How to Deal With Bad Breadth
The U.S. markets are nearly back to all-time highs. Does that mean it’s time to pop the corks and celebrate?
Well, if you’re keeping track of market breadth, you’re probably still chilling the Moët & Chandon right now.
What is “market breadth,” you ask?
Think of it as the number of individual stocks that advance alongside broader market indexes like the S&P 500.
When the market is at new highs, “good breadth” means lots of individual stocks are hitting new highs all at the same time. Thousands of stocks should be hitting new highs on days when the indexes are doing the same. That’s a healthy market.
We want to see stocks move in the same direction. It makes everyone happy. (…So long as that direction is “up.”)
It’s also a sign of “good breadth” when equity indexes tank without a lot of individual stocks hitting new lows.
It means many stocks may have already bottomed and are set to turn back up. If your portfolio is holding up well amid market turmoil, chances are that breadth is healthy.
Bad market breadth is the opposite.
It’s bearish when the market is riding high on the strength of just a few stocks. It means stocks are weak, despite the indexes suggesting a healthy market. Once the overall market turns, it’s already been a nasty ride for the average stock.
Unfortunately for investors, that’s the situation we find ourselves in today.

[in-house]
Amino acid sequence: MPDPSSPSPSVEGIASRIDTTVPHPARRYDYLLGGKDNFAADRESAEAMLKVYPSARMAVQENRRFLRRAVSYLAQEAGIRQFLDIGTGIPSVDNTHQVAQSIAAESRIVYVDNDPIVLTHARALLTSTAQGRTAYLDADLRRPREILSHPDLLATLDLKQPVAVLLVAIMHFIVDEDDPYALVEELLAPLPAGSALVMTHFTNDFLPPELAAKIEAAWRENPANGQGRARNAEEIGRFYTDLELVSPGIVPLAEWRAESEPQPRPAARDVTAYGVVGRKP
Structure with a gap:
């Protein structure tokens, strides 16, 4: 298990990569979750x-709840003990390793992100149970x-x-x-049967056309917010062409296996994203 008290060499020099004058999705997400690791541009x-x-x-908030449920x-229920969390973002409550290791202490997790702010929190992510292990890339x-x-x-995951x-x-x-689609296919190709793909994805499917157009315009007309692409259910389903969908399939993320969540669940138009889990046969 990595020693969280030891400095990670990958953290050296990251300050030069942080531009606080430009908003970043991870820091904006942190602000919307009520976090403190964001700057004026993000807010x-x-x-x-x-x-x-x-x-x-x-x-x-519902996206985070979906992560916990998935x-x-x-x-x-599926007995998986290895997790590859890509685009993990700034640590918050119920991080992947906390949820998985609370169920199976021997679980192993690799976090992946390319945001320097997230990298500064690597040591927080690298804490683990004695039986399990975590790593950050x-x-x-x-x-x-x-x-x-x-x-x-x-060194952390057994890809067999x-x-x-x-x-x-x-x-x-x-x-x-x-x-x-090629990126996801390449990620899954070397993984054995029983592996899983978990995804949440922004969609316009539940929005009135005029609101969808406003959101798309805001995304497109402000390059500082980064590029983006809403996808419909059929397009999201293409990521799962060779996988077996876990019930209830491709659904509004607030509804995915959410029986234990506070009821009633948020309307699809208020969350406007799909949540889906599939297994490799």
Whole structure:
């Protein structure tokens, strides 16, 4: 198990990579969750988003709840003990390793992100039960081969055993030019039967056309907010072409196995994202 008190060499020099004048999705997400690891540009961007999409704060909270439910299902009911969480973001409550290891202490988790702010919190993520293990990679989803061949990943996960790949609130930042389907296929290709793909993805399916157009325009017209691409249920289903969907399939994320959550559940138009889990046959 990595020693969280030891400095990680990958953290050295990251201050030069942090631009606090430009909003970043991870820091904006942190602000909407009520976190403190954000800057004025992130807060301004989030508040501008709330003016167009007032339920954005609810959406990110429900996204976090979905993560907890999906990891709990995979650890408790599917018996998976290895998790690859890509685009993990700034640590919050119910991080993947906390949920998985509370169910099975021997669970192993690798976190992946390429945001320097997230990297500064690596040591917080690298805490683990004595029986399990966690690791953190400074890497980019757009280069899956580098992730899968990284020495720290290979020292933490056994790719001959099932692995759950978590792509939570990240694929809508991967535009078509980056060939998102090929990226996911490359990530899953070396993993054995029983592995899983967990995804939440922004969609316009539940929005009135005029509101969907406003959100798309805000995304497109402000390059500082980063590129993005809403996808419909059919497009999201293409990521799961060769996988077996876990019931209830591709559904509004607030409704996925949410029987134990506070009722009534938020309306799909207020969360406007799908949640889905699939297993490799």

A 10-week average of new highs versus new lows suggests that market breadth is at levels consistent with poor market returns.
By this measure, market breadth is at its worst level in nearly three years.
According to Ned Davis Research, when market breadth is at today’s levels (or worse), the annualized returns are -5.90%. This happens about 20% of the time, so it’s not all too often that we have this many stocks lagging the market. Walking into a 6% loss is a clear warning sign to hold off on allocating fresh capital to stocks.
One of the dangers to the market is that weakening market breadth is occurring as complacency creeps back into the market.
For example, the government is rolling back Dodd-Frank rules. You know, the rules designed to help prevent “too big to fail” situations that practically vaporized the worldwide economy for years.
Banks are also making plans to gear up proprietary trading. That’s the kind of trading that led to trillions of dollars in losses in the mortgage crisis.
I bring this up because the sense of complacency stems from the misconception that we’re finally out of the woods. After all, the markets are near their highs! What could go wrong?
Well, a lot.
The breadth of the market suggests plenty of stocks are already showing weakness. Put another way, there’s a good deal of rust forming under the hood of this historic bull market.
It may already be showing up in your portfolio. The market may be near new highs. But are the stocks in your portfolio keeping pace?
If not, don’t put good money after bad. The odds suggest lower stock prices until breadth begins to improve!
This post was originally published on the Rich Investor.